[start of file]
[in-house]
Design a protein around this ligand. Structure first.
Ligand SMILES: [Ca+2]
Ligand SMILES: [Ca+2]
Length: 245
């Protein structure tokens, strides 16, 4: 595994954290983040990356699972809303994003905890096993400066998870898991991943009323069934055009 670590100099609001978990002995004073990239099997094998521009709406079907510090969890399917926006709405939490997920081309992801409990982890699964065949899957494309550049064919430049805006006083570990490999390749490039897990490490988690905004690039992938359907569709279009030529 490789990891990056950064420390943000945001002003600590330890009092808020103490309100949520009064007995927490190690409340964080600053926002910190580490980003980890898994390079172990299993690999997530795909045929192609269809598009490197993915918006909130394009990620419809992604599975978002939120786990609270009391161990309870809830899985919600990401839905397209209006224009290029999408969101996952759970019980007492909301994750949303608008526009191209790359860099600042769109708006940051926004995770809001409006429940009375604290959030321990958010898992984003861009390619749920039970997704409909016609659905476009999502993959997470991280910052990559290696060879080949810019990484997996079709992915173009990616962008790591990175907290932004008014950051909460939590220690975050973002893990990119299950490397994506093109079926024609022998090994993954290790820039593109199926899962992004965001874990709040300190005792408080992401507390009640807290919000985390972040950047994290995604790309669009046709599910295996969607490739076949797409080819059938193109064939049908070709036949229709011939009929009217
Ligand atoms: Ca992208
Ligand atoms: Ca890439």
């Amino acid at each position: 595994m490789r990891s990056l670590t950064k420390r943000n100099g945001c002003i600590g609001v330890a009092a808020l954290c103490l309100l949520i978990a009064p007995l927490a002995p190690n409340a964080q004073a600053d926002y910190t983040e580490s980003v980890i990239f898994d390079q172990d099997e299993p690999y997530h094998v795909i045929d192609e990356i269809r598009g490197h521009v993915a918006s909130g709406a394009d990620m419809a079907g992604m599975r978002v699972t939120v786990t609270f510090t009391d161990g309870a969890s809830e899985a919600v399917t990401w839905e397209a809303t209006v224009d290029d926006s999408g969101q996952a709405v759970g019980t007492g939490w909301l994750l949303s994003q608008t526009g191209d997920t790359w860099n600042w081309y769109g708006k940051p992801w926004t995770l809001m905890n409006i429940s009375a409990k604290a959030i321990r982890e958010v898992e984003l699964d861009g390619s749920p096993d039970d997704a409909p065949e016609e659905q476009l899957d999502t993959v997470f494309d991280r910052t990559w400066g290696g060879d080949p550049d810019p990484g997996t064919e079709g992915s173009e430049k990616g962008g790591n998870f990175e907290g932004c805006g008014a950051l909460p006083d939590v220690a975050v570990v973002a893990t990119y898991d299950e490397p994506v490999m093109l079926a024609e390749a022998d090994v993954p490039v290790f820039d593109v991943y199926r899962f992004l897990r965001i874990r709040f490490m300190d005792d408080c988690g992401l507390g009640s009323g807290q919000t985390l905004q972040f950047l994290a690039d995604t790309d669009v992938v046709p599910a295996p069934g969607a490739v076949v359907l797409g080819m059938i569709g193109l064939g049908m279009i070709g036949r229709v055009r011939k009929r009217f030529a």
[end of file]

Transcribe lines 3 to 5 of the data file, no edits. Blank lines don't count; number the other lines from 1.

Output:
Ligand SMILES: [Ca+2]
Ligand SMILES: [Ca+2]
Length: 245